Of those meant by the Sheep, the Saints that slept, and the Souls under the Altar

Of the salvation of the sheep. After the last judgment was accomplished there was such joy in heaven, and such light also in the world of spirits, as there had not been before. What joy there was in heaven after the dragon was cast down is described in the Apocalypse (ch. xii. 10-12); and the light in the world of spirits was because those infernal societies had been interposed like clouds which darken the earth. A similar light then arose also upon men in the world, giving them new enlightenment.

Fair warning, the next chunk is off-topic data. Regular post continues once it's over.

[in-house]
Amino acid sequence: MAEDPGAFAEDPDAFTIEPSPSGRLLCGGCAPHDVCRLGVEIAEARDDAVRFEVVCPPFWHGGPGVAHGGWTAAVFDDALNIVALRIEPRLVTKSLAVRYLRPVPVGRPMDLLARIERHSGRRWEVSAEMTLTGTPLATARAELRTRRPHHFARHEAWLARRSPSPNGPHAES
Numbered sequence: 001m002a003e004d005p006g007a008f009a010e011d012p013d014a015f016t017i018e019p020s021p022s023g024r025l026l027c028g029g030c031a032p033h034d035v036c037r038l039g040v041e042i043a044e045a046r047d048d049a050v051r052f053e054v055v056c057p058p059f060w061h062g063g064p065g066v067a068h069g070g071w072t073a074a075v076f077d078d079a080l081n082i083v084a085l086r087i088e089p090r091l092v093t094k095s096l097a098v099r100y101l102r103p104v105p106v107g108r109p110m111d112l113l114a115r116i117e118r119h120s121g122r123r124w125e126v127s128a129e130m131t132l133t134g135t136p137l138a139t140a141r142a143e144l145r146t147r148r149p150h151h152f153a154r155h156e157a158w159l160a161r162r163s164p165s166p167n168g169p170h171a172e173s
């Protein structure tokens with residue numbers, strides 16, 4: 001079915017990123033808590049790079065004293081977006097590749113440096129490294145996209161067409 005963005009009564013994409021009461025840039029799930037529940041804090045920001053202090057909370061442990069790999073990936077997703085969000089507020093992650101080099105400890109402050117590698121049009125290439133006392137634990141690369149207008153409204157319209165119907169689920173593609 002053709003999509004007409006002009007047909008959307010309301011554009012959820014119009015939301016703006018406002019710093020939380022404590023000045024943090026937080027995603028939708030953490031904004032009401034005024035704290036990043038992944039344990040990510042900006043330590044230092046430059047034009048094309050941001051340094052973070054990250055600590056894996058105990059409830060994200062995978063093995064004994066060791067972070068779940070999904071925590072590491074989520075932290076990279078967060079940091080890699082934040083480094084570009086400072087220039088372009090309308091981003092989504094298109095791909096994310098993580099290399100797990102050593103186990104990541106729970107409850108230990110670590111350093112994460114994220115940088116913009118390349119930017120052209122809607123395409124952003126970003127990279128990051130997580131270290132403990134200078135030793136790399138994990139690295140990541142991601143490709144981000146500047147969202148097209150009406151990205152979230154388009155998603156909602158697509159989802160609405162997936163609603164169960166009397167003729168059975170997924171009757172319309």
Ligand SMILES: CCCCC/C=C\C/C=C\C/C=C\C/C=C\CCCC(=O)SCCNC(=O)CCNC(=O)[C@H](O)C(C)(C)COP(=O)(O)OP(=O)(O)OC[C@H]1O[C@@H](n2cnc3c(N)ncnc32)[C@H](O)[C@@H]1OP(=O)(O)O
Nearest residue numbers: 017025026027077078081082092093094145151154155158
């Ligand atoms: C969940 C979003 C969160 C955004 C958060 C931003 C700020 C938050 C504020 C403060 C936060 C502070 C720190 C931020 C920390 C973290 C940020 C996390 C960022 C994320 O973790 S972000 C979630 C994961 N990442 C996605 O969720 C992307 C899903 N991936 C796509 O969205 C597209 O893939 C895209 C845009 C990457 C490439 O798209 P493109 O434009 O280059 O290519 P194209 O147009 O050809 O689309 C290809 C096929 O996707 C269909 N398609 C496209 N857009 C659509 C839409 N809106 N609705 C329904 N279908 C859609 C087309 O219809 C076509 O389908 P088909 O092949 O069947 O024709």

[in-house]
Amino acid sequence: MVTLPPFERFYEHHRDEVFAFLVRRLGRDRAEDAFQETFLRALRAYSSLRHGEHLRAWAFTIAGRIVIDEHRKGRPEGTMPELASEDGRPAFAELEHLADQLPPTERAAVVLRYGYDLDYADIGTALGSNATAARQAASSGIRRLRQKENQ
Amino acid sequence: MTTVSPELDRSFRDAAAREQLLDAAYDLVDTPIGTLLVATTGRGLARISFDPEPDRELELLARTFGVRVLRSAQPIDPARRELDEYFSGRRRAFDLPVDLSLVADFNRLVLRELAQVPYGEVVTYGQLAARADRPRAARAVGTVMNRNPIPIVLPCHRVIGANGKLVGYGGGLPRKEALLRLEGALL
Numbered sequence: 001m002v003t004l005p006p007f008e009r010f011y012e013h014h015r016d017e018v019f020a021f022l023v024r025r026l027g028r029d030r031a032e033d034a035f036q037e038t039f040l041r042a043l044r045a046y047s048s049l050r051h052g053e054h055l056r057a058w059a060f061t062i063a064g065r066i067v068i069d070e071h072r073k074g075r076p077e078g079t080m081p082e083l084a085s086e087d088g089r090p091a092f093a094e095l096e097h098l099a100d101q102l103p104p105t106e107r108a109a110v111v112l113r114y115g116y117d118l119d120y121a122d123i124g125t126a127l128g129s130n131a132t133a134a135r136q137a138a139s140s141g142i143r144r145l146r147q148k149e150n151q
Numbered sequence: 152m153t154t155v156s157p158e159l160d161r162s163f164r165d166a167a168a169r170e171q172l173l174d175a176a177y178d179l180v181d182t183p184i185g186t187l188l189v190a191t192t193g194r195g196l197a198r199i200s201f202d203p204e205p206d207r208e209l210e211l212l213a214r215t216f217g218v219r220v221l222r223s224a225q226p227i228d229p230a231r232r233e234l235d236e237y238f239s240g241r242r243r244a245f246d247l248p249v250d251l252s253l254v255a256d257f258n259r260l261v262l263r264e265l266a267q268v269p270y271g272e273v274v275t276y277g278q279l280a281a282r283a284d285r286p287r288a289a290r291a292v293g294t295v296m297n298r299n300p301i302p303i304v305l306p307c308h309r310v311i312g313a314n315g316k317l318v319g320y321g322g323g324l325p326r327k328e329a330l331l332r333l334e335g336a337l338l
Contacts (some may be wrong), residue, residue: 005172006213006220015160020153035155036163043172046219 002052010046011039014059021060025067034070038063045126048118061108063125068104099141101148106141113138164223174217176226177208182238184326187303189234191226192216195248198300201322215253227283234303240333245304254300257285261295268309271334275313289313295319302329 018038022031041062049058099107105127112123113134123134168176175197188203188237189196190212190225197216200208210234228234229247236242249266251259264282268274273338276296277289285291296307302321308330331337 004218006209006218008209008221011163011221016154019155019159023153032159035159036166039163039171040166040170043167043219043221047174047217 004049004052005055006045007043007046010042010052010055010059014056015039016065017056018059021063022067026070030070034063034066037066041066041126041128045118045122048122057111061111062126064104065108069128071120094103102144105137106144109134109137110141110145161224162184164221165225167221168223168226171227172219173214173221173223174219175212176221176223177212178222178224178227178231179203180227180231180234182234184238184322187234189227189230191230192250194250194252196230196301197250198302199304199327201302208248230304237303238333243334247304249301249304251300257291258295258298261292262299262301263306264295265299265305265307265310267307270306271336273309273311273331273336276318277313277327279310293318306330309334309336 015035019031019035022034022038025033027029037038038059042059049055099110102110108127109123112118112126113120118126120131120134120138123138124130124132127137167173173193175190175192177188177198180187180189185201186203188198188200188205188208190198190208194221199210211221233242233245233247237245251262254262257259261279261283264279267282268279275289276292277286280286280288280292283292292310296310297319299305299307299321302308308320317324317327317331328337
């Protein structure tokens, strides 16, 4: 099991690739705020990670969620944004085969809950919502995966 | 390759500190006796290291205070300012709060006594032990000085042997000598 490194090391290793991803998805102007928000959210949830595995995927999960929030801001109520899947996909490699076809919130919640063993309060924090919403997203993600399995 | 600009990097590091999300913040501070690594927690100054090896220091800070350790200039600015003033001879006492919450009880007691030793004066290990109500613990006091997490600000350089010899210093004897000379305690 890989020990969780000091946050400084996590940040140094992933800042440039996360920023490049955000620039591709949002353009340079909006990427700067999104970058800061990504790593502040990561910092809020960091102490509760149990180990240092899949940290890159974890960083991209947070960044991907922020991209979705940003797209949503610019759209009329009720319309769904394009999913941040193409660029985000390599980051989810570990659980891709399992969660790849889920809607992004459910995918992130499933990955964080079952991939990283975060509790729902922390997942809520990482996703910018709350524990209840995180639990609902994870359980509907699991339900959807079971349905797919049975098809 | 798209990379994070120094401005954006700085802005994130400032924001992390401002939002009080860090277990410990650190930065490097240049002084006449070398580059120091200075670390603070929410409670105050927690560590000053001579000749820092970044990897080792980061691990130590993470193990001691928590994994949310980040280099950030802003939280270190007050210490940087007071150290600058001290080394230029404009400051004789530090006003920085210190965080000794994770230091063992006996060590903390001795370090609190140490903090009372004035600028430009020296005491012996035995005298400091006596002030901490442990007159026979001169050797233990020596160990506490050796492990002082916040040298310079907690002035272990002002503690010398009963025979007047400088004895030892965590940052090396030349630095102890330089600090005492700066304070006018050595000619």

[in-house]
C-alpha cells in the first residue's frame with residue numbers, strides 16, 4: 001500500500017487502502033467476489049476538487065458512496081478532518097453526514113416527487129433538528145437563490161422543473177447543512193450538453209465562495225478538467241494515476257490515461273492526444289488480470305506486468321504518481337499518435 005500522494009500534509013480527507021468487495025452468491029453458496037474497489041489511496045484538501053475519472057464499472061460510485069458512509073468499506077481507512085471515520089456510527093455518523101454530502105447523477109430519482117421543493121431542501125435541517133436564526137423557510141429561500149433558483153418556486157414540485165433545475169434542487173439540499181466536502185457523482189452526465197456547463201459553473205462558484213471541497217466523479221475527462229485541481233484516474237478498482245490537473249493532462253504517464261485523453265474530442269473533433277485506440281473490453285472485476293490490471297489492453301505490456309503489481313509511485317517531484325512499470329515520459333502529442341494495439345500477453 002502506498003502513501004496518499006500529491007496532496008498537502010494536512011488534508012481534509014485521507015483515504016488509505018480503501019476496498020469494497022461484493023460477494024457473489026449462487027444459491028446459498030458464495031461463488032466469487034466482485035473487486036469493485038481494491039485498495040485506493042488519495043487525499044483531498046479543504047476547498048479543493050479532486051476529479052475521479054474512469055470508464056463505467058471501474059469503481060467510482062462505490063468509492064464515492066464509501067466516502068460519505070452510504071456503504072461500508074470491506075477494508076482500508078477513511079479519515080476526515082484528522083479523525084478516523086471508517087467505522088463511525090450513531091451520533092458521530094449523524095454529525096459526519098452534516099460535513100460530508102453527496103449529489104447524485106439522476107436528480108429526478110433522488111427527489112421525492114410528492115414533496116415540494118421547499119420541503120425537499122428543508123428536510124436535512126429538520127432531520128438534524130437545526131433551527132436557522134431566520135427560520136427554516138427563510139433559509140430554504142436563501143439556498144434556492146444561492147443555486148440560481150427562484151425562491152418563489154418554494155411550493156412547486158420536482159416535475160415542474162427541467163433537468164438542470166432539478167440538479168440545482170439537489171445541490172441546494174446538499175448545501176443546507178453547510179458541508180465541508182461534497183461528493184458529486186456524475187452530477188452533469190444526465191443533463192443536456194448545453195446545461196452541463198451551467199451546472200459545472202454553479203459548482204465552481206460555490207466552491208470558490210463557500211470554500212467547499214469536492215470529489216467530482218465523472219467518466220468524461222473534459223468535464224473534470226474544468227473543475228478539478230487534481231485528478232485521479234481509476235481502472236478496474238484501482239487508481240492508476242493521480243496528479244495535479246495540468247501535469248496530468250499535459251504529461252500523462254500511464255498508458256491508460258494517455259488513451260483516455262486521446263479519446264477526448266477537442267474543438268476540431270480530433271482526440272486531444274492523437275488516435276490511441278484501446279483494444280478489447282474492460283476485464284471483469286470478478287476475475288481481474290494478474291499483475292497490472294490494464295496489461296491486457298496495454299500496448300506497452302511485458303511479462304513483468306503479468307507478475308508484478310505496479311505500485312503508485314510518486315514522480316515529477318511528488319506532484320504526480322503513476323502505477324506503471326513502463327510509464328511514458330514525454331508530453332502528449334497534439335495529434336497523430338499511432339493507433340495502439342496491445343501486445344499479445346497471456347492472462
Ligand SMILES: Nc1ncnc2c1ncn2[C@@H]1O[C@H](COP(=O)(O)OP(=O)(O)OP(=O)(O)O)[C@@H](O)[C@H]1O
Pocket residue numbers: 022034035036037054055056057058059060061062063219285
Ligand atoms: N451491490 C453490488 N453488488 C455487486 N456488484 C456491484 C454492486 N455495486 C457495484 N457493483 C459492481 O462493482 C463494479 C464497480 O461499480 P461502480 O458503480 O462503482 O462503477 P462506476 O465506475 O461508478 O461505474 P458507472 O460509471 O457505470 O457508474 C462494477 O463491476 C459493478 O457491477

I then saw angelic spirits, in great numbers, rising from below, [ex inferis,] and elevated into heaven. They were the sheep reserved and guarded there by the Lord for ages back, lest they should come into the malignant sphere flowing from dragonists, and their charity be suffocated. These are they who are meant in the Word by them that "came forth out of the graves," [ Matt. xxvii. 52, 53]and by "the souls of them that were slain" [Rev. vi. 9; xx. 4] for the testimony of Jesus who were watching; and by them that have part in "the first resurrection." [Rev. xx. 5, 6] (CLJ. n. 30, 31)